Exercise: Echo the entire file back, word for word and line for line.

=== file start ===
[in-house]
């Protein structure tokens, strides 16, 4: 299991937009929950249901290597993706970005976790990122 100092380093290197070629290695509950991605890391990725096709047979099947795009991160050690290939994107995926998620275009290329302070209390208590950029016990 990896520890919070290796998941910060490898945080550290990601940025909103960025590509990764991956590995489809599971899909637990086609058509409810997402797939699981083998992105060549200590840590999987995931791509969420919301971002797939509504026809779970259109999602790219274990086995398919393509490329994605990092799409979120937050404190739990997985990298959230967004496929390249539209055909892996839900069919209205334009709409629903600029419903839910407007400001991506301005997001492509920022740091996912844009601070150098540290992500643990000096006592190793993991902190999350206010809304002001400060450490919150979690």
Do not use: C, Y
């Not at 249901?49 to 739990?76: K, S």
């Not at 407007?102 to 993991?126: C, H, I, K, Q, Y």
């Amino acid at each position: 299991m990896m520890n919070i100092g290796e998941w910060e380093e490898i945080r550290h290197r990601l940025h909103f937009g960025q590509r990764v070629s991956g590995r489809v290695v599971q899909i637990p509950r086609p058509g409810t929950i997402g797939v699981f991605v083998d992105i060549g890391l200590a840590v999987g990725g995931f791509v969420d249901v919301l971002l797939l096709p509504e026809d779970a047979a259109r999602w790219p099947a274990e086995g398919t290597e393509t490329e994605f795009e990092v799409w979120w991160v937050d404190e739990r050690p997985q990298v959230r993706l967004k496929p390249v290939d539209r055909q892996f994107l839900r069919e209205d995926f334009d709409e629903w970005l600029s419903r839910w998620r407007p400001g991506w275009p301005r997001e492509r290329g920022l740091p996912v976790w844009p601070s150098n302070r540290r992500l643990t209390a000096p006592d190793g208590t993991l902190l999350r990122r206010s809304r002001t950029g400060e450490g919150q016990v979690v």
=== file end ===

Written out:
[in-house]
């Protein structure tokens, strides 16, 4: 299991937009929950249901290597993706970005976790990122 100092380093290197070629290695509950991605890391990725096709047979099947795009991160050690290939994107995926998620275009290329302070209390208590950029016990 990896520890919070290796998941910060490898945080550290990601940025909103960025590509990764991956590995489809599971899909637990086609058509409810997402797939699981083998992105060549200590840590999987995931791509969420919301971002797939509504026809779970259109999602790219274990086995398919393509490329994605990092799409979120937050404190739990997985990298959230967004496929390249539209055909892996839900069919209205334009709409629903600029419903839910407007400001991506301005997001492509920022740091996912844009601070150098540290992500643990000096006592190793993991902190999350206010809304002001400060450490919150979690």
Do not use: C, Y
């Not at 249901?49 to 739990?76: K, S």
């Not at 407007?102 to 993991?126: C, H, I, K, Q, Y």
């Amino acid at each position: 299991m990896m520890n919070i100092g290796e998941w910060e380093e490898i945080r550290h290197r990601l940025h909103f937009g960025q590509r990764v070629s991956g590995r489809v290695v599971q899909i637990p509950r086609p058509g409810t929950i997402g797939v699981f991605v083998d992105i060549g890391l200590a840590v999987g990725g995931f791509v969420d249901v919301l971002l797939l096709p509504e026809d779970a047979a259109r999602w790219p099947a274990e086995g398919t290597e393509t490329e994605f795009e990092v799409w979120w991160v937050d404190e739990r050690p997985q990298v959230r993706l967004k496929p390249v290939d539209r055909q892996f994107l839900r069919e209205d995926f334009d709409e629903w970005l600029s419903r839910w998620r407007p400001g991506w275009p301005r997001e492509r290329g920022l740091p996912v976790w844009p601070s150098n302070r540290r992500l643990t209390a000096p006592d190793g208590t993991l902190l999350r990122r206010s809304r002001t950029g400060e450490g919150q016990v979690v």